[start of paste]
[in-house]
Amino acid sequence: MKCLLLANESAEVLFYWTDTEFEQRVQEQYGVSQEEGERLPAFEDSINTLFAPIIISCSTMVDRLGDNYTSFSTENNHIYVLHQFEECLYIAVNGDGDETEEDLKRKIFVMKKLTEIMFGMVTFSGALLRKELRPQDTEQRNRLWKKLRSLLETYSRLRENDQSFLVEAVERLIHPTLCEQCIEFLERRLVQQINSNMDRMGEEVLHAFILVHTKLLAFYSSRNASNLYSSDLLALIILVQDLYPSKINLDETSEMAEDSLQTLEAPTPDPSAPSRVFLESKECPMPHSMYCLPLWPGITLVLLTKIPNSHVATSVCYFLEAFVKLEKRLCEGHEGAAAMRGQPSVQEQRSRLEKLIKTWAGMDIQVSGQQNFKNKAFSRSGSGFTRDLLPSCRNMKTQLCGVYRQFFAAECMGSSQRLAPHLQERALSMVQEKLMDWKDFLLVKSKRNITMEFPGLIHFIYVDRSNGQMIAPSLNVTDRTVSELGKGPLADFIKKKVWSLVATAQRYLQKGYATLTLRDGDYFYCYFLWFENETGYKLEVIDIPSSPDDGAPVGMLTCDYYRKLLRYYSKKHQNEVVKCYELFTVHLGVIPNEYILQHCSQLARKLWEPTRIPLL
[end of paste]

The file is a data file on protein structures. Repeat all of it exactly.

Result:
[in-house]
Amino acid sequence: MKCLLLANESAEVLFYWTDTEFEQRVQEQYGVSQEEGERLPAFEDSINTLFAPIIISCSTMVDRLGDNYTSFSTENNHIYVLHQFEECLYIAVNGDGDETEEDLKRKIFVMKKLTEIMFGMVTFSGALLRKELRPQDTEQRNRLWKKLRSLLETYSRLRENDQSFLVEAVERLIHPTLCEQCIEFLERRLVQQINSNMDRMGEEVLHAFILVHTKLLAFYSSRNASNLYSSDLLALIILVQDLYPSKINLDETSEMAEDSLQTLEAPTPDPSAPSRVFLESKECPMPHSMYCLPLWPGITLVLLTKIPNSHVATSVCYFLEAFVKLEKRLCEGHEGAAAMRGQPSVQEQRSRLEKLIKTWAGMDIQVSGQQNFKNKAFSRSGSGFTRDLLPSCRNMKTQLCGVYRQFFAAECMGSSQRLAPHLQERALSMVQEKLMDWKDFLLVKSKRNITMEFPGLIHFIYVDRSNGQMIAPSLNVTDRTVSELGKGPLADFIKKKVWSLVATAQRYLQKGYATLTLRDGDYFYCYFLWFENETGYKLEVIDIPSSPDDGAPVGMLTCDYYRKLLRYYSKKHQNEVVKCYELFTVHLGVIPNEYILQHCSQLARKLWEPTRIPLL